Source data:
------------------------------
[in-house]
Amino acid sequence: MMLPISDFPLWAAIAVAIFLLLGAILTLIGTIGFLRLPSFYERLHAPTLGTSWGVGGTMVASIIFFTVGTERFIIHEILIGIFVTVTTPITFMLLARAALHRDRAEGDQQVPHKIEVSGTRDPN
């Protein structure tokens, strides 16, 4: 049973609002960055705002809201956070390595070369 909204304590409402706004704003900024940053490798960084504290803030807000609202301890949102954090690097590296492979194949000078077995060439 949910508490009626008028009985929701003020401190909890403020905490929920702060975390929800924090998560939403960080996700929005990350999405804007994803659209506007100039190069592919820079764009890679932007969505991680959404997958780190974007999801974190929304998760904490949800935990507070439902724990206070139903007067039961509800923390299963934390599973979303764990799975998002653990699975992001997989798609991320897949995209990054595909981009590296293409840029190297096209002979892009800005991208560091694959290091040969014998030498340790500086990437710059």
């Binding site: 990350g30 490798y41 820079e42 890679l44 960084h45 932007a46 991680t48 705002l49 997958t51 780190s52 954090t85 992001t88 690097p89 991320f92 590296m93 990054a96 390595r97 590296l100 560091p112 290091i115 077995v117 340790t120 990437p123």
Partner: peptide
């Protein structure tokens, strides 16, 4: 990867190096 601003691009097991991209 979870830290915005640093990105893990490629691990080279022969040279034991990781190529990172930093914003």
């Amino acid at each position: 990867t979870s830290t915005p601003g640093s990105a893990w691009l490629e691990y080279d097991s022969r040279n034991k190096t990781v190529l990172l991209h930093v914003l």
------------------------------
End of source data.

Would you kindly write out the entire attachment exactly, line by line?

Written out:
[in-house]
Amino acid sequence: MMLPISDFPLWAAIAVAIFLLLGAILTLIGTIGFLRLPSFYERLHAPTLGTSWGVGGTMVASIIFFTVGTERFIIHEILIGIFVTVTTPITFMLLARAALHRDRAEGDQQVPHKIEVSGTRDPN
């Protein structure tokens, strides 16, 4: 049973609002960055705002809201956070390595070369 909204304590409402706004704003900024940053490798960084504290803030807000609202301890949102954090690097590296492979194949000078077995060439 949910508490009626008028009985929701003020401190909890403020905490929920702060975390929800924090998560939403960080996700929005990350999405804007994803659209506007100039190069592919820079764009890679932007969505991680959404997958780190974007999801974190929304998760904490949800935990507070439902724990206070139903007067039961509800923390299963934390599973979303764990799975998002653990699975992001997989798609991320897949995209990054595909981009590296293409840029190297096209002979892009800005991208560091694959290091040969014998030498340790500086990437710059």
């Binding site: 990350g30 490798y41 820079e42 890679l44 960084h45 932007a46 991680t48 705002l49 997958t51 780190s52 954090t85 992001t88 690097p89 991320f92 590296m93 990054a96 390595r97 590296l100 560091p112 290091i115 077995v117 340790t120 990437p123």
Partner: peptide
């Protein structure tokens, strides 16, 4: 990867190096 601003691009097991991209 979870830290915005640093990105893990490629691990080279022969040279034991990781190529990172930093914003």
């Amino acid at each position: 990867t979870s830290t915005p601003g640093s990105a893990w691009l490629e691990y080279d097991s022969r040279n034991k190096t990781v190529l990172l991209h930093v914003l």